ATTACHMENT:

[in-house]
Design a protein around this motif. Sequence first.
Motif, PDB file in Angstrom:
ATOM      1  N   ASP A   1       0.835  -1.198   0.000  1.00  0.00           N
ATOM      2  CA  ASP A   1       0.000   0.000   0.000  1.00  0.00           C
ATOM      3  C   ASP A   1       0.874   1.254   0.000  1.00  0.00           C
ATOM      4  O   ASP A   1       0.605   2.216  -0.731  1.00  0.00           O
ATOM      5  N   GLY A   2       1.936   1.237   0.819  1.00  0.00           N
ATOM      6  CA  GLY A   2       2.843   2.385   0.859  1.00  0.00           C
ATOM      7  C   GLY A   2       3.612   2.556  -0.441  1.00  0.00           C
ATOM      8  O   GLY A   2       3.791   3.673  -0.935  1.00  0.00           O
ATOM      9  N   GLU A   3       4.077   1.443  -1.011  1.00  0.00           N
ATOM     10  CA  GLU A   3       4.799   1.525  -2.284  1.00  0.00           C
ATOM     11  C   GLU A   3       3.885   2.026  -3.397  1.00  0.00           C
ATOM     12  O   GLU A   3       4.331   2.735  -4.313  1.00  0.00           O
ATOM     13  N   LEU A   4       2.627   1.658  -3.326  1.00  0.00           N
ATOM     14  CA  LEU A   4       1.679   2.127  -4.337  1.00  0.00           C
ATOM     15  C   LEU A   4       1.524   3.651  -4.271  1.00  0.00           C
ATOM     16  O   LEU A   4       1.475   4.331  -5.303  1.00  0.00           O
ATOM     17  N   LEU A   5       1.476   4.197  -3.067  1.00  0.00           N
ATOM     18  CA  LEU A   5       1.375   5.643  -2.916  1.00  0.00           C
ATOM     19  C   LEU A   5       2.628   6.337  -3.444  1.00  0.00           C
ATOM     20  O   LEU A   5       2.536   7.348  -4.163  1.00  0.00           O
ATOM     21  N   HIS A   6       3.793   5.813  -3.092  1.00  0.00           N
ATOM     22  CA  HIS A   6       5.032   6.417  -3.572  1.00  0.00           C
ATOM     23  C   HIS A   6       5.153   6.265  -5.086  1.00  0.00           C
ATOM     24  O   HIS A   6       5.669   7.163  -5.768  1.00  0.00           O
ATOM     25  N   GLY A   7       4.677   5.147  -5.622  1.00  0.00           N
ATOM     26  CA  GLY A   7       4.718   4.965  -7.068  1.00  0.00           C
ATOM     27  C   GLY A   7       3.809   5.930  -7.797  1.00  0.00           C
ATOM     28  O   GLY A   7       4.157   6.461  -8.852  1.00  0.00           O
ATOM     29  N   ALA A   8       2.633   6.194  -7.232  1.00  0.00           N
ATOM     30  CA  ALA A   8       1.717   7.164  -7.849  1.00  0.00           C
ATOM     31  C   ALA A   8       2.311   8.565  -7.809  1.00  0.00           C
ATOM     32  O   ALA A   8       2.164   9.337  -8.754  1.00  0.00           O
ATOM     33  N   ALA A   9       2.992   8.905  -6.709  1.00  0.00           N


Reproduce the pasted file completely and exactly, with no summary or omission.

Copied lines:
[in-house]
Design a protein around this motif. Sequence first.
Motif, PDB file in Angstrom:
ATOM      1  N   ASP A   1       0.835  -1.198   0.000  1.00  0.00           N
ATOM      2  CA  ASP A   1       0.000   0.000   0.000  1.00  0.00           C
ATOM      3  C   ASP A   1       0.874   1.254   0.000  1.00  0.00           C
ATOM      4  O   ASP A   1       0.605   2.216  -0.731  1.00  0.00           O
ATOM      5  N   GLY A   2       1.936   1.237   0.819  1.00  0.00           N
ATOM      6  CA  GLY A   2       2.843   2.385   0.859  1.00  0.00           C
ATOM      7  C   GLY A   2       3.612   2.556  -0.441  1.00  0.00           C
ATOM      8  O   GLY A   2       3.791   3.673  -0.935  1.00  0.00           O
ATOM      9  N   GLU A   3       4.077   1.443  -1.011  1.00  0.00           N
ATOM     10  CA  GLU A   3       4.799   1.525  -2.284  1.00  0.00           C
ATOM     11  C   GLU A   3       3.885   2.026  -3.397  1.00  0.00           C
ATOM     12  O   GLU A   3       4.331   2.735  -4.313  1.00  0.00           O
ATOM     13  N   LEU A   4       2.627   1.658  -3.326  1.00  0.00           N
ATOM     14  CA  LEU A   4       1.679   2.127  -4.337  1.00  0.00           C
ATOM     15  C   LEU A   4       1.524   3.651  -4.271  1.00  0.00           C
ATOM     16  O   LEU A   4       1.475   4.331  -5.303  1.00  0.00           O
ATOM     17  N   LEU A   5       1.476   4.197  -3.067  1.00  0.00           N
ATOM     18  CA  LEU A   5       1.375   5.643  -2.916  1.00  0.00           C
ATOM     19  C   LEU A   5       2.628   6.337  -3.444  1.00  0.00           C
ATOM     20  O   LEU A   5       2.536   7.348  -4.163  1.00  0.00           O
ATOM     21  N   HIS A   6       3.793   5.813  -3.092  1.00  0.00           N
ATOM     22  CA  HIS A   6       5.032   6.417  -3.572  1.00  0.00           C
ATOM     23  C   HIS A   6       5.153   6.265  -5.086  1.00  0.00           C
ATOM     24  O   HIS A   6       5.669   7.163  -5.768  1.00  0.00           O
ATOM     25  N   GLY A   7       4.677   5.147  -5.622  1.00  0.00           N
ATOM     26  CA  GLY A   7       4.718   4.965  -7.068  1.00  0.00           C
ATOM     27  C   GLY A   7       3.809   5.930  -7.797  1.00  0.00           C
ATOM     28  O   GLY A   7       4.157   6.461  -8.852  1.00  0.00           O
ATOM     29  N   ALA A   8       2.633   6.194  -7.232  1.00  0.00           N
ATOM     30  CA  ALA A   8       1.717   7.164  -7.849  1.00  0.00           C
ATOM     31  C   ALA A   8       2.311   8.565  -7.809  1.00  0.00           C
ATOM     32  O   ALA A   8       2.164   9.337  -8.754  1.00  0.00           O
ATOM     33  N   ALA A   9       2.992   8.905  -6.709  1.00  0.00           N